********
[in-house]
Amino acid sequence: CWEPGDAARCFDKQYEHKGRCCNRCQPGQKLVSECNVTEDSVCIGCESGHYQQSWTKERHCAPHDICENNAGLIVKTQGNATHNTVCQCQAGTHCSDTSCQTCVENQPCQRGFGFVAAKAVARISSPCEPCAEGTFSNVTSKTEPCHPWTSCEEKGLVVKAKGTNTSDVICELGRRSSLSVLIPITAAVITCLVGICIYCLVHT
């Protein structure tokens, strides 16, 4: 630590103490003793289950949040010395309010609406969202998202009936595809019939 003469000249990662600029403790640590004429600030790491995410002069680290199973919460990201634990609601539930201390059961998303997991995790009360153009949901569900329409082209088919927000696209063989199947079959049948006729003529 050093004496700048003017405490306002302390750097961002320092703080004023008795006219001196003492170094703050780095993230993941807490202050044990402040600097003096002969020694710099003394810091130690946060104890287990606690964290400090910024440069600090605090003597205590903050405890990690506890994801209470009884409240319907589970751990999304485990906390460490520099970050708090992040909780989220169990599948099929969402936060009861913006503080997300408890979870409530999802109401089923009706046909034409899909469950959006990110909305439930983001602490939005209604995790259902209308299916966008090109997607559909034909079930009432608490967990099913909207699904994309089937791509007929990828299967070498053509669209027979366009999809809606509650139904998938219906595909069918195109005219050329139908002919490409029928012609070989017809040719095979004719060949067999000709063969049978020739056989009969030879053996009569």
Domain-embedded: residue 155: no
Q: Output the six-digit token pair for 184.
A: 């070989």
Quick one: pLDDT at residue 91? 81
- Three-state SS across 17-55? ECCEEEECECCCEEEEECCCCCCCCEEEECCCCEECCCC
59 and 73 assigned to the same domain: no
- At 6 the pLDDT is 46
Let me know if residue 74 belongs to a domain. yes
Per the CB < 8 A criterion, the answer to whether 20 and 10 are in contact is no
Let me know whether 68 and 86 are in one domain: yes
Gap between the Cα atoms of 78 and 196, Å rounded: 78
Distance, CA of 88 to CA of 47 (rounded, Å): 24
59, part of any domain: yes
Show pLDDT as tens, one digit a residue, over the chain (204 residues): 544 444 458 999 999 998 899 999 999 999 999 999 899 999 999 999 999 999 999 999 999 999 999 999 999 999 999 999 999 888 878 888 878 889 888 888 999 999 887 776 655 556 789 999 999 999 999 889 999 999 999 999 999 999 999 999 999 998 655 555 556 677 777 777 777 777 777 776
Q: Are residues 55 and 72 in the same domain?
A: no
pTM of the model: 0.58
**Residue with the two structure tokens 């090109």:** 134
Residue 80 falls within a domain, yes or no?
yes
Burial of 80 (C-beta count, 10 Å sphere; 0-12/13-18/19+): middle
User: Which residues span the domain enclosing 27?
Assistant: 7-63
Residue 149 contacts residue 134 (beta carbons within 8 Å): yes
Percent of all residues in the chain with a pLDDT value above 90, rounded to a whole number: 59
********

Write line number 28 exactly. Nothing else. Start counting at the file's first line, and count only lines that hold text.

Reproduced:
Percent of all residues in the chain with a pLDDT value above 90, rounded to a whole number: 59